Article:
Cincinnati Children’s Liberty Campus to have extended-stay housing nearby

Apartments will be used by families with children using Proton Therapy Center.

Trustees in Liberty Twp. have voted to approve a specialty apartment construction designed to cater to families with children being treated by a nearby medical center.

The trustees recently approved the building of 12 extended-stay apartments on the Cincinnati Children’s Liberty Campus in the township, which will be used by families as their children are treated for cancers at the onsite Proton Therapy Center.

According to a statement released by officials at Children’s, the four single-story buildings will each contain three apartments, which will accommodate families who travel to Cincinnati Children’s for proton therapy.

Such treatment can take four to six weeks, which requires temporary relocation for many families.

Cincinnati Children’s will lease the buildings for $1 to the nonprofit Bold & Brave Kids Foundation, which will operate the furnished and equipped apartments. They will be used solely by families who travel to the Proton Therapy Center, which treats children and adults for more than 30 types of cancer.

The apartment site will be off of Yankee Road near to the Children’s campus, south of Ohio 129 and about a quarter of a mile from the Interstate 75 interchange.

“The Cincinnati Children’s Proton Therapy Center is a destination for families from throughout Ohio, surrounding states and the rest of the nation who travel here to receive some of the most advanced and effective treatments for children with cancer,” said Abram Gordon, executive director of the Proton Therapy Center.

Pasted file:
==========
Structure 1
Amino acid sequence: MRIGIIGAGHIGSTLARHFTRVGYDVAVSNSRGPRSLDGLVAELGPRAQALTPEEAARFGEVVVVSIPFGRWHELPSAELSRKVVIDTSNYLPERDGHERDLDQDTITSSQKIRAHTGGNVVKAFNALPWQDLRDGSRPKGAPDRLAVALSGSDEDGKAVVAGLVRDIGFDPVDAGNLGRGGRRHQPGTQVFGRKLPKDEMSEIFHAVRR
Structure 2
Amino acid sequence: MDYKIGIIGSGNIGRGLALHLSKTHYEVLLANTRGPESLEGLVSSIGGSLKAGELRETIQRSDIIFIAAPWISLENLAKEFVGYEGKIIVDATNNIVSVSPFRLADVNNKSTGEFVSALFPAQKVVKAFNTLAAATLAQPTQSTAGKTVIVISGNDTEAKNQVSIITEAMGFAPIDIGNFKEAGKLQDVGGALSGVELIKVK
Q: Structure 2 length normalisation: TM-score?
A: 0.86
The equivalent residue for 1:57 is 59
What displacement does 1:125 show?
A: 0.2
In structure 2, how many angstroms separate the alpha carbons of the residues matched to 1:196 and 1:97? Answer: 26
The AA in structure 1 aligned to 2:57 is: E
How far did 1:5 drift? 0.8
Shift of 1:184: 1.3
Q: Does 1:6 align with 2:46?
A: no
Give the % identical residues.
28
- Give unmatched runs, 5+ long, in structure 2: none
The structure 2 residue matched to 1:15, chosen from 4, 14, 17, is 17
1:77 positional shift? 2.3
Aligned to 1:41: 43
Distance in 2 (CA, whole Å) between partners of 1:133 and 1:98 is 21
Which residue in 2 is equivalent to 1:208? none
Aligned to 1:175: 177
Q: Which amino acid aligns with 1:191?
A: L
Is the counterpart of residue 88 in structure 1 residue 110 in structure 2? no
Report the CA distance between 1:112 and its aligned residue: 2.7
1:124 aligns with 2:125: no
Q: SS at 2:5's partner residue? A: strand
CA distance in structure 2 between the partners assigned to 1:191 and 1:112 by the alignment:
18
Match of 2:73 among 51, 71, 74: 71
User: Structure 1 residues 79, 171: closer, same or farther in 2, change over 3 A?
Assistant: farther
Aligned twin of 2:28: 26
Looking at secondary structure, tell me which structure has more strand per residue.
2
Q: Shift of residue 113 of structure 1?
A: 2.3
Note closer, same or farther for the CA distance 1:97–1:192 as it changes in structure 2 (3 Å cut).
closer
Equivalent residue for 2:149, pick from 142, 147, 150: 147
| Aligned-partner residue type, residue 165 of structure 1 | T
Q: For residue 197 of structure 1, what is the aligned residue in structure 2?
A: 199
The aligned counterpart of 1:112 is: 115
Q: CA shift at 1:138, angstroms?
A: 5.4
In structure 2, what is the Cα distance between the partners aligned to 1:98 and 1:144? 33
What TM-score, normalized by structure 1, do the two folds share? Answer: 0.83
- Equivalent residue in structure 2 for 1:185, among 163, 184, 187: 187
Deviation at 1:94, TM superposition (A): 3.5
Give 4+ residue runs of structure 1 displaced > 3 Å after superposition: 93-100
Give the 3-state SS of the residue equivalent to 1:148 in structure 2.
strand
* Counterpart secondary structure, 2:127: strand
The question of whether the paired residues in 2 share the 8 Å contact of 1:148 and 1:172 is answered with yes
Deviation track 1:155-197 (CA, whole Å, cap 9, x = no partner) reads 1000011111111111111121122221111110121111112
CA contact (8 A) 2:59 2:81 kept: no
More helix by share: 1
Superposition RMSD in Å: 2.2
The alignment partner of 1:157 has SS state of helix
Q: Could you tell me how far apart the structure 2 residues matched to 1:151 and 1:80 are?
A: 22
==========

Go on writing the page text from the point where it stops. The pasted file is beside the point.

“The extended-stay apartments operated by the Bold & Brave Kids Foundation will meet a critical need by accommodating these families in a relaxing setting near where their children undergo vital medical care.”

Each unit will encompass about 1,300 square feet and include two bedrooms, two bathrooms, a full-size kitchen, a great room, a laundry room and a porch. Exteriors will be brick and lap siding. Cost of the four commercial buildings, which will occupy three acres owned by Cincinnati Children’s, is expected to be about $3.7 million.

“Proton therapy is an advanced form of radiation therapy,” said Dr. John Perentesis, director of the Division of Oncology and co-director of the Cancer and Blood Diseases Institute at Cincinnati Children’s as well as research director for the Proton Therapy Center.

“The precision particle beam technology used at the Cincinnati Children’s Proton Therapy Center destroys cancer cells while minimizing damage to surrounding healthy organs,” Perentesis said. “Patients experience fewer side effects and complications than with traditional radiation therapy. That’s especially important for children, whose bodies are still growing and developing.”

Site preparation will begin later this month and construction is scheduled to start in January. Apartments could be ready for families by late April 2023, depending on weather and availability of building materials, said officials.

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